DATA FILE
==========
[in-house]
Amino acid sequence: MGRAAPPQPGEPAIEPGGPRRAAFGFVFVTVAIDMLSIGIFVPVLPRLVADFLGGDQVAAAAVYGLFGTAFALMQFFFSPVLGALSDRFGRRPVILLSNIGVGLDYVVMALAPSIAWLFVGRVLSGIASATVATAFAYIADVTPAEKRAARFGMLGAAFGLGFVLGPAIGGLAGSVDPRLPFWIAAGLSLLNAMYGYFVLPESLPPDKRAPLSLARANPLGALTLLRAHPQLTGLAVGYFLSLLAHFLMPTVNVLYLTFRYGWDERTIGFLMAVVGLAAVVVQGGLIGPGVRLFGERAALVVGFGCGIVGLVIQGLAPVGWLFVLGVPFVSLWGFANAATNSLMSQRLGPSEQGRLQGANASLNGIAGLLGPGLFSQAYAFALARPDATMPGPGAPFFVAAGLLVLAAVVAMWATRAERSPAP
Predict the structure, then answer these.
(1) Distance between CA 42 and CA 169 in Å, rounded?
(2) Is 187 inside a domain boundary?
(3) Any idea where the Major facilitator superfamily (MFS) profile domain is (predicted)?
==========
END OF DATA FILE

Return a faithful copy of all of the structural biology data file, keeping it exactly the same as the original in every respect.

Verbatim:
[in-house]
Amino acid sequence: MGRAAPPQPGEPAIEPGGPRRAAFGFVFVTVAIDMLSIGIFVPVLPRLVADFLGGDQVAAAAVYGLFGTAFALMQFFFSPVLGALSDRFGRRPVILLSNIGVGLDYVVMALAPSIAWLFVGRVLSGIASATVATAFAYIADVTPAEKRAARFGMLGAAFGLGFVLGPAIGGLAGSVDPRLPFWIAAGLSLLNAMYGYFVLPESLPPDKRAPLSLARANPLGALTLLRAHPQLTGLAVGYFLSLLAHFLMPTVNVLYLTFRYGWDERTIGFLMAVVGLAAVVVQGGLIGPGVRLFGERAALVVGFGCGIVGLVIQGLAPVGWLFVLGVPFVSLWGFANAATNSLMSQRLGPSEQGRLQGANASLNGIAGLLGPGLFSQAYAFALARPDATMPGPGAPFFVAAGLLVLAAVVAMWATRAERSPAP
Predict the structure, then answer these.
(1) Distance between CA 42 and CA 169 in Å, rounded?
(2) Is 187 inside a domain boundary?
(3) Any idea where the Major facilitator superfamily (MFS) profile domain is (predicted)?